A lot of African-American preachers in the Southern Baptist -- Southern churches across this country, but particularly in Virginia, North Carolina, states the president carried last time, say the same thing.
CNN's Erin Burnett on Monday made a stunning observation about President Obama's open mic gaffe with Russia's Dmitry Medvedev.
Without specifically mentioning fellow CNNer Kyra Phillips by name, Burnett hysterically said, "I guess it's better than being in the bathroom with your open microphone" (video follows with transcript and commentary):
Following Wednesday night's presidential debate on CNN, Republican presidential candidate Rick Santorum took on the deliberate campaign on the part of Democrats and their media enablers to stigmatize him as purely a "social issues" candidate with limited appeal to Americans not as concerned about those topics.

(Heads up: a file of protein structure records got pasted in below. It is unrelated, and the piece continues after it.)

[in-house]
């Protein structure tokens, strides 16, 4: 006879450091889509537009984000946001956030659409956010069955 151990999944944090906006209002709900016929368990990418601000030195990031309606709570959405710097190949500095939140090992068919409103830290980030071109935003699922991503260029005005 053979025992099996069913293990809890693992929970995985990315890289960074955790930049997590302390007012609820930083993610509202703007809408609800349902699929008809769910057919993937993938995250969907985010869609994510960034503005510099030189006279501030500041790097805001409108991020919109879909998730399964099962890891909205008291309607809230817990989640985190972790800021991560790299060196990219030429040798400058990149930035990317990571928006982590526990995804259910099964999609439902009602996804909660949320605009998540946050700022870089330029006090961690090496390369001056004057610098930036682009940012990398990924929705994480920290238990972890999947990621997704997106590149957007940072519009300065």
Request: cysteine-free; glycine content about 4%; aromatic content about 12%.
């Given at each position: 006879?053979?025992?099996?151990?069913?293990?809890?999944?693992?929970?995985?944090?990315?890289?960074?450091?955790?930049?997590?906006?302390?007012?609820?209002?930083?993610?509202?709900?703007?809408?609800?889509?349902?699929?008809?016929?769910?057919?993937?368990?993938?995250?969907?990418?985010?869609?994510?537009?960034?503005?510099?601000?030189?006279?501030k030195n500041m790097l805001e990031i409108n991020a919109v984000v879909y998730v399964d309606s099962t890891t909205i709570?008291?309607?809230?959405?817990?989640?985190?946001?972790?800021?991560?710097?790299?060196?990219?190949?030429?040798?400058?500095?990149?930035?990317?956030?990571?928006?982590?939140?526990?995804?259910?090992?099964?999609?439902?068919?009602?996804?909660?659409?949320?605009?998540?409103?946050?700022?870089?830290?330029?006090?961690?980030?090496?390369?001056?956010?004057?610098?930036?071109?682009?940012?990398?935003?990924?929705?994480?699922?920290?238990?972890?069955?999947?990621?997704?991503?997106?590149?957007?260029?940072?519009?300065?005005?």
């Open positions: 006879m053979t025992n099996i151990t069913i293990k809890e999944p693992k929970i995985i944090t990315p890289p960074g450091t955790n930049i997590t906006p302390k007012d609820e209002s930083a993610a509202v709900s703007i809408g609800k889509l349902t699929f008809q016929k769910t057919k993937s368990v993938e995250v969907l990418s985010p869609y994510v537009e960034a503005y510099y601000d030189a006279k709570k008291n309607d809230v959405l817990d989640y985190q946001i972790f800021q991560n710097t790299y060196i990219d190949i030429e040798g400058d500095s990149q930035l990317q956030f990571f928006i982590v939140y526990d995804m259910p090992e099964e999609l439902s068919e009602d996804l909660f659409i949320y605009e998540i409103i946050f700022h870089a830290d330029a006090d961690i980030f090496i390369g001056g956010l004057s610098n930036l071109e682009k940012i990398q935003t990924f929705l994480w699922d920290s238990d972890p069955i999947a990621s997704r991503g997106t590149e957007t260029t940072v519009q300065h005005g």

Chatting with CNN analyst Gloria Borger following the GOP candidate contest, Santorum responded to Borger's question that he is "spending way too much time talking about divisive cultural issues" with a full-on rebuttal. "I understand the game," the former Pennsylvania senator said. "I do get these questions [...] and then the next question from the reporter is 'Why are you talking so much about social issues?' Full transcript of the exchange follows.
As NewsBusters previously reported, Republican presidential candidate Newt Gingrich severely admonished CNN's John King for beginning last Thursday's debate in South Carolina with questions about the former Speaker's ex-wife.
King asked Gingrich about this highly-publicized incident on his program Tuesday, and the former Speaker told his host, "You didn't have to take the bait. You didn't have to pick it up. You could have ignored ABC" (video follows with transcript and commentary):
Newt Gingrich wouldn’t have won the South Carolina primary if not for two journalists who served as his perfect foil at two debates in the days before Saturday’s contest, Juan Williams and Charles Krauthammer contended Saturday evening on FNC.